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RE: Functional Paradigm popularity and Maths (Was: XML as a transition to s-expr)
Date: Wed, 19 Dec 2001 18:09:17 -0800 (PST)
From: Avi Bryant <firstname.lastname@example.org>
To: Tony Kimball <email@example.com>
cc: <David.Simmons@smallscript.net>, <firstname.lastname@example.org>,
Subject: RE: Functional Paradigm popularity and Maths (Was: XML as a
transition to s-expr)
On Thu, 20 Dec 2001, Tony Kimball wrote:
> : add 2 3
> : 2 add 3
> : 3 add 2
> : 2 3 add
> : are all sensibly parsable constructs as a human being.
> In English imperative sentences, the verb comes first.
Actually, unless the subject is obvious from context, it comes first (or
sometimes last). As in "Tony, pass me the salt" (Tony pass: me the:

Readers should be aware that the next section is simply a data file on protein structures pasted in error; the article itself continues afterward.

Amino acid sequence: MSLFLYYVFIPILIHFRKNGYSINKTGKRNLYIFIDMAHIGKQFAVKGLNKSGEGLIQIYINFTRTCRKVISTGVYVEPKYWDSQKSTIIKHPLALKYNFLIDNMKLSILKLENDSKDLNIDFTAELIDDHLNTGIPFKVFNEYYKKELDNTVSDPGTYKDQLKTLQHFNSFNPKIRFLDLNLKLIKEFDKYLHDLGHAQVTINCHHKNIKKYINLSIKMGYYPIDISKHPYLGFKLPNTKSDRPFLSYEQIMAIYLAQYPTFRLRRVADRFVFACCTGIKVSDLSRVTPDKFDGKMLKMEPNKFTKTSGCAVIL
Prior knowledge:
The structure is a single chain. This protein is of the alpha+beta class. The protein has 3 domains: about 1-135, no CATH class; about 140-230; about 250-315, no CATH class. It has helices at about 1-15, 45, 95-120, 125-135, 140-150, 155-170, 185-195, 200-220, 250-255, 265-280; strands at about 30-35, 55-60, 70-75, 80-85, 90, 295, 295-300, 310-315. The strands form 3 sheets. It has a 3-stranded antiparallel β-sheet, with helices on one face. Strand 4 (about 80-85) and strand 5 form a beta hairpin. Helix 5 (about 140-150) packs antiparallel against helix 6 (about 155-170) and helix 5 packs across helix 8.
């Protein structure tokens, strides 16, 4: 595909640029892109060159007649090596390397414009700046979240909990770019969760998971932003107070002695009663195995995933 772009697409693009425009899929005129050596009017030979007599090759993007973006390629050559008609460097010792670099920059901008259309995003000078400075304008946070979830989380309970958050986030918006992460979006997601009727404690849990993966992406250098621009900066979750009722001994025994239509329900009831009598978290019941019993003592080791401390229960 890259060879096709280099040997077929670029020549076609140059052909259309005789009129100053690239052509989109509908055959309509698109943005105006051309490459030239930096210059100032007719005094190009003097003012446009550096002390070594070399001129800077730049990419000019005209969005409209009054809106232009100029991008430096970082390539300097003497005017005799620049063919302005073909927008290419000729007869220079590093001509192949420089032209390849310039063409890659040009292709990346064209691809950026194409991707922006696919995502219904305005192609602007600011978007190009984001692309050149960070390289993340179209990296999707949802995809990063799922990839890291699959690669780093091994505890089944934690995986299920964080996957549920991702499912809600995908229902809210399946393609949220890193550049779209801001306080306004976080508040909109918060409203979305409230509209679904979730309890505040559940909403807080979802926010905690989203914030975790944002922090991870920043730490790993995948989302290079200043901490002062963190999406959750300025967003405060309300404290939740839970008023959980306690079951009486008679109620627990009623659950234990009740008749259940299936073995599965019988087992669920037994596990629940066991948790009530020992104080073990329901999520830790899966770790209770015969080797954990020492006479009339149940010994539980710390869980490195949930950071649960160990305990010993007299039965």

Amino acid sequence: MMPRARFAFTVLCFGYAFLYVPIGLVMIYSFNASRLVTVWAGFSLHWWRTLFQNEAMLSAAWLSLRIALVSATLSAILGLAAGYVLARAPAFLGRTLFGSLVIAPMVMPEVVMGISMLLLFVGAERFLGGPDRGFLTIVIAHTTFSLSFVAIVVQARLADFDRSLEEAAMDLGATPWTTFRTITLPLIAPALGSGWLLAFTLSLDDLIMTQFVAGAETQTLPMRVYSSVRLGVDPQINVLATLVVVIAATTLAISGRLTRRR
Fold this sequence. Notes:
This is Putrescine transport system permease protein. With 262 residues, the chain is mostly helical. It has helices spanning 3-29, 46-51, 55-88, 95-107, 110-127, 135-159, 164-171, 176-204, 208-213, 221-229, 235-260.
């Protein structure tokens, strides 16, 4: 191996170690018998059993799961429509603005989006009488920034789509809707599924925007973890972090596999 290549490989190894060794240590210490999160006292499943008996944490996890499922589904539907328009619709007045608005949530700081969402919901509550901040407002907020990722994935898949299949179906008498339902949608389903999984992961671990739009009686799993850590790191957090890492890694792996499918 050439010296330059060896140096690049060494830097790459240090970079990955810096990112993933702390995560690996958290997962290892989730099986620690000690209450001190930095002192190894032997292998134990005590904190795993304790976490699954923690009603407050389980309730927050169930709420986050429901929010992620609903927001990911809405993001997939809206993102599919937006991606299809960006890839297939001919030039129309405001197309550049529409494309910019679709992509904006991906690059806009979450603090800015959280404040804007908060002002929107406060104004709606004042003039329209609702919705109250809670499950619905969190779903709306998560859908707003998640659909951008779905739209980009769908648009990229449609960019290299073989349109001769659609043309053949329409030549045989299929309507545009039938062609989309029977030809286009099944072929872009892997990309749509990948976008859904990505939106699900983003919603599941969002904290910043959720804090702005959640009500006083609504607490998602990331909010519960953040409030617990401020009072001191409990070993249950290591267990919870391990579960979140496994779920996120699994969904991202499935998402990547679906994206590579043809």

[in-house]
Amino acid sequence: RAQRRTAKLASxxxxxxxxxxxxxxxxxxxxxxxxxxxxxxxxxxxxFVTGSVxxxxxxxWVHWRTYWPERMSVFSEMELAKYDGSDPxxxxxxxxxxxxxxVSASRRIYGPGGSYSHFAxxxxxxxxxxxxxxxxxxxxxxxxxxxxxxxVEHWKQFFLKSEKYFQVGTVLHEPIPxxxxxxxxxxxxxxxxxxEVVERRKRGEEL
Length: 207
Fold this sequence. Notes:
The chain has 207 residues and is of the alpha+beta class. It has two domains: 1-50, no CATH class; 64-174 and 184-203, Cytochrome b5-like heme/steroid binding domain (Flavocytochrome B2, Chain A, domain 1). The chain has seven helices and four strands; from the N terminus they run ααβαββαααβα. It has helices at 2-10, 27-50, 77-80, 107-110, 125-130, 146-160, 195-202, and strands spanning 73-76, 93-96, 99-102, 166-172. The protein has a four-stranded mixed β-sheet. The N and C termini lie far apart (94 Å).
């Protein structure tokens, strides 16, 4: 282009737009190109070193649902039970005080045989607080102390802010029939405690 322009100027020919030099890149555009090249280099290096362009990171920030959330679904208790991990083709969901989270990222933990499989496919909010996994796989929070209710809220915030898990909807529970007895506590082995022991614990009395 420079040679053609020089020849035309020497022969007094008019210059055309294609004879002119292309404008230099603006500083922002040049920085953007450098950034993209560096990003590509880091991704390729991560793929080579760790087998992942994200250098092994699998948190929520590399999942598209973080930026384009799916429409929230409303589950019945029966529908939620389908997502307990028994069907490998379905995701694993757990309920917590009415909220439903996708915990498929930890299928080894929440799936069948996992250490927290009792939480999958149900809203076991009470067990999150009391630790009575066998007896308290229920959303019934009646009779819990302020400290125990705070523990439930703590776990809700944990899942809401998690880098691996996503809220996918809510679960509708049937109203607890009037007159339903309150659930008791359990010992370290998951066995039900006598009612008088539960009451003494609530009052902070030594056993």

Nice try---but, technically, in such a sentence, "Tony" is not
the subject but a vocative---a term of address, an attention-getter
---which is then followed by an imperative subject whose verb is
implicitly "you", the one to whom the sentence is spoken. It's
kind of an interesting accident that these two functions combine
so as to make "Tony" look like a subject.
The only argument I can see is that "self" should be
omitted, since it can be taken as implied - both SmallScript and Self
Which tells us that "self" is short for "yourself", not "myself"!